Parsing in Python: Tools and Libraries (Part 4)
Parsing in Python: Tools and Libraries (Part 4)
In Part 4 of this 8-part series, we will look at three types of context-free parser generators: PLY, PlyPlus, and Pyleri.
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Before continuing, be sure to check out Part 3 here!
PLY doesn’t try to do anything more or less than provide basic lex/yacc functionality. In other words, it’s not a large parsing framework or a component of some larger system.
PLY is a stable and maintained tool with a long history, starting in 2001. It is also quite basic, given that there are no tools for the automatic creation of AST or anything that a C developer of the previous century would define as fancy stuff. It was primarily created as an instructional tool. This explains its simplicity as well as the reason it offers great support for diagnostics and catching mistakes in the grammar.
A PLY grammar is written in Python code in a BNF-like format. Lexer and parser functions can be used separately. The following example shows only the lexer, but the parser works in the same way.
import ply.lex as lex # List of token names. This is always required tokens = ( 'NUMBER', 'PLUS', 'MINUS', 'TIMES', 'DIVIDE', 'LPAREN', 'RPAREN', ) # Regular expression rules for simple tokens t_PLUS = r'\+' t_MINUS = r'-' t_TIMES = r'\*' t_DIVIDE = r'/' t_LPAREN = r'\(' t_RPAREN = r'\)' # A regular expression rule with some action code def t_NUMBER(t): r'\d+' t.value = int(t.value) return t # Define a rule so we can track line numbers def t_newline(t): r'\n+' t.lexer.lineno += len(t.value) # A string containing ignored characters (spaces and tabs) t_ignore = ' \t' # Error handling rule def t_error(t): print("Illegal character '%s'" % t.value) t.lexer.skip(1) # Build the lexer lexer = lex.lex()
The documentation is extensive and clear, with abundant examples and explanations of parsing concepts — all that you need if you can get past the '90s looks.
There is a port for RPython called RPLY.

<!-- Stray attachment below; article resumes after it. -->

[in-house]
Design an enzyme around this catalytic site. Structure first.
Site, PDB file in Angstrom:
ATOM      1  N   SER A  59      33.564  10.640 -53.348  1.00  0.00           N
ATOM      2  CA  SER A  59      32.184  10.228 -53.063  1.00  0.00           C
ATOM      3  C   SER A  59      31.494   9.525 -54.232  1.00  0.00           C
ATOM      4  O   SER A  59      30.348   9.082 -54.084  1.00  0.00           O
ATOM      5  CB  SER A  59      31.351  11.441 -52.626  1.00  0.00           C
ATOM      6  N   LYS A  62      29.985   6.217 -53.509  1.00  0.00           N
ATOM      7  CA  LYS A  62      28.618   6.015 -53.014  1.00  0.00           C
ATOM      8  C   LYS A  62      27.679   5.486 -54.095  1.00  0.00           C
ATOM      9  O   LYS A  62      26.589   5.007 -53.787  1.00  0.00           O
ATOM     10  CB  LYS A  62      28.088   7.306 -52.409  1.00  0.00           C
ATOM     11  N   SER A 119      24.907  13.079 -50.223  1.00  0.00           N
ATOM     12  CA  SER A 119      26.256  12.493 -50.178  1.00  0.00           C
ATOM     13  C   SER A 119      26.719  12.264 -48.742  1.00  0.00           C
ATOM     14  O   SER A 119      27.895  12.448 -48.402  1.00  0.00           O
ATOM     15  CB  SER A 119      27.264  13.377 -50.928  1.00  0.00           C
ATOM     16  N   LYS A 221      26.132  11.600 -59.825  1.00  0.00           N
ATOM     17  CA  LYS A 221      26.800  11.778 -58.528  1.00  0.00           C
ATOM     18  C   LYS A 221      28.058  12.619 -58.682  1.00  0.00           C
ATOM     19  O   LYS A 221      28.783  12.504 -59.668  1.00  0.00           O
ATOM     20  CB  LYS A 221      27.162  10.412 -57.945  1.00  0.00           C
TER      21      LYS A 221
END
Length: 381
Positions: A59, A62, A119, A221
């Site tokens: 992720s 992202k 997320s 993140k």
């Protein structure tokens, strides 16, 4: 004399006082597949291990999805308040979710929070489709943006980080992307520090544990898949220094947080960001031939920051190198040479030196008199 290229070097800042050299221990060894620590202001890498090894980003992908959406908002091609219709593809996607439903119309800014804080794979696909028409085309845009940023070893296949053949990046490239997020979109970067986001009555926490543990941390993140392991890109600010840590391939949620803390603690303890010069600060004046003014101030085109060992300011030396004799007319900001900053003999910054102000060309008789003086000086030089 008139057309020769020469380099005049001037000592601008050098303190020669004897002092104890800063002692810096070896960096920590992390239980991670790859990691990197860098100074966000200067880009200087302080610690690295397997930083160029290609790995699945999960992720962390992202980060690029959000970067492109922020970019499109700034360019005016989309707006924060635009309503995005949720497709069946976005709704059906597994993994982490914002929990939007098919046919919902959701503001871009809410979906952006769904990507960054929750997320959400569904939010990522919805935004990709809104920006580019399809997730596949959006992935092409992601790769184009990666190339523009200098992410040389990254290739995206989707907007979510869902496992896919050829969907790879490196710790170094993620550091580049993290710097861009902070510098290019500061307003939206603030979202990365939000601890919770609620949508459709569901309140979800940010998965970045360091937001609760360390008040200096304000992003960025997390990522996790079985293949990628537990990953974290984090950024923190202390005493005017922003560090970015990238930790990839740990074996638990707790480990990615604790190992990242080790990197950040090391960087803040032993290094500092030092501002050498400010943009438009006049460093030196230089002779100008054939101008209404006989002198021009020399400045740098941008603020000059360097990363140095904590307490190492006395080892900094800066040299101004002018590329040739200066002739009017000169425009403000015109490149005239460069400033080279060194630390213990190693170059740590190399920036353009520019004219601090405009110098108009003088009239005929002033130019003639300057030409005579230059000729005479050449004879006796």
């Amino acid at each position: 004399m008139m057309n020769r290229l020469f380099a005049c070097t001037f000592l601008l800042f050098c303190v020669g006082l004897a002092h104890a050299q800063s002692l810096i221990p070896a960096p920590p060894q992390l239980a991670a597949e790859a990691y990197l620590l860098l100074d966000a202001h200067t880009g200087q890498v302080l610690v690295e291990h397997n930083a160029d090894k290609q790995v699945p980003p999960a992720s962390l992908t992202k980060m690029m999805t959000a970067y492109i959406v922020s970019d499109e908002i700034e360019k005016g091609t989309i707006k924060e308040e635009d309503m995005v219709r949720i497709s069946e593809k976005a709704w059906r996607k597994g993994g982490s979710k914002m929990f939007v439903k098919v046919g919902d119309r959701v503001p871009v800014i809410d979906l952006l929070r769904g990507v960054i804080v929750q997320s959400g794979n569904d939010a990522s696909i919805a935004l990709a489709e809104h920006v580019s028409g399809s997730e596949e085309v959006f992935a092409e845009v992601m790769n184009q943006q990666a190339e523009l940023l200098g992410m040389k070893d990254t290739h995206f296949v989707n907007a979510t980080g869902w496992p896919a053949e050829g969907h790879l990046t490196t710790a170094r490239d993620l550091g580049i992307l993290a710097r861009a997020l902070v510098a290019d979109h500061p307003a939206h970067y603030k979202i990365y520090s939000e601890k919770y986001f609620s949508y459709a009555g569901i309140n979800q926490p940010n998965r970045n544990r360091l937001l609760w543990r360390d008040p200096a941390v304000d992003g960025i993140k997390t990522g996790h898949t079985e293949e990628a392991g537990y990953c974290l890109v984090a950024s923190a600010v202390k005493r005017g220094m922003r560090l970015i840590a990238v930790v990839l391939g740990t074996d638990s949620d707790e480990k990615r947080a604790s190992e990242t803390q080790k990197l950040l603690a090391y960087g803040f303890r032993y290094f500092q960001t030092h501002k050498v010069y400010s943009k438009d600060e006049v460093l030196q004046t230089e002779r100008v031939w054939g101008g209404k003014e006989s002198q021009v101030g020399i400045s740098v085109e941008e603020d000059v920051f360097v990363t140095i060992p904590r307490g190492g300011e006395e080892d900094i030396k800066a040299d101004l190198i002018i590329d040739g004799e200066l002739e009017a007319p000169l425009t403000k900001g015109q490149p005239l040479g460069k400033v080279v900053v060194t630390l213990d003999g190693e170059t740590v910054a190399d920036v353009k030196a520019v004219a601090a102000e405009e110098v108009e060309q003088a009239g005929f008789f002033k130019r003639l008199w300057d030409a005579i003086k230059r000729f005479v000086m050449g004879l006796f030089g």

Plyplus is a general-purpose parser built on top of PLY (LALR(1)) and written in Python. Plyplus features a modern design and focuses on simplicity without losing power.
PlyPlus is a tool that is built on top of PLY, but it is very different from it. The authors and the way the names are written are different. Compared to its father, the documentation is lacking, but the features are many.
You can write a grammar in a
.g file or in a string, but it is always generated dynamically. The format is based on EBNF but a grammar can also include special notations to simplify the creation of an AST. This notation allows you to exclude or drop certain rules from the generated tree.
// from the documentation start: add; // Rules ?add: (add add_symbol)? mul; ?mul: (mul mul_symbol)? atom; // rules preceded by @ will not appear in the tree @atom: neg | number | '\(' add '\)'; neg: '-' atom; // Tokens number: '[\d.]+'; mul_symbol: '\*' | '/'; add_symbol: '\+' | '-'; WS: '[ \t]+' (%ignore);
PlyPlus includes a function to draw an image of a parse tree based on pydot and graphviz. PlyPlus has a unique feature, too: it allows you to select nodes in the AST using selectors similar to the CSS selectors used in web development. For instance, if you want to fill all terminal nodes that contain the letter "n," you can find them like this:
// from the documentation >>> x.select('/.*n.*/:is-leaf') ['Popen', 'isinstance', 'basestring', 'stdin']
This is a unique feature that can be useful, for example, if you are developing a static analysis or refactoring tool.
A grammar for Pyleri must be defined in a Python expression as part of a class. Once defined, the grammar can be exported as a file defining the grammar in Python or any other supported language. Apart from this peculiarity, Pyleri is a simple and easy-to-use tool.
Pyleri example in Python:
# from the documentation # Create a Grammar Class to define your language class MyGrammar(Grammar): r_name = Regex('(?:"(?:[^"]*)")+') k_hi = Keyword('hi') START = Sequence(k_hi, r_name) # Compile your grammar by creating an instance of the Grammar Class. my_grammar = MyGrammar() # Use the compiled grammar to parse 'strings' print(my_grammar.parse('hi "Iris"').is_valid) # => True print(my_grammar.parse('bye "Iris"').is_valid) # => False
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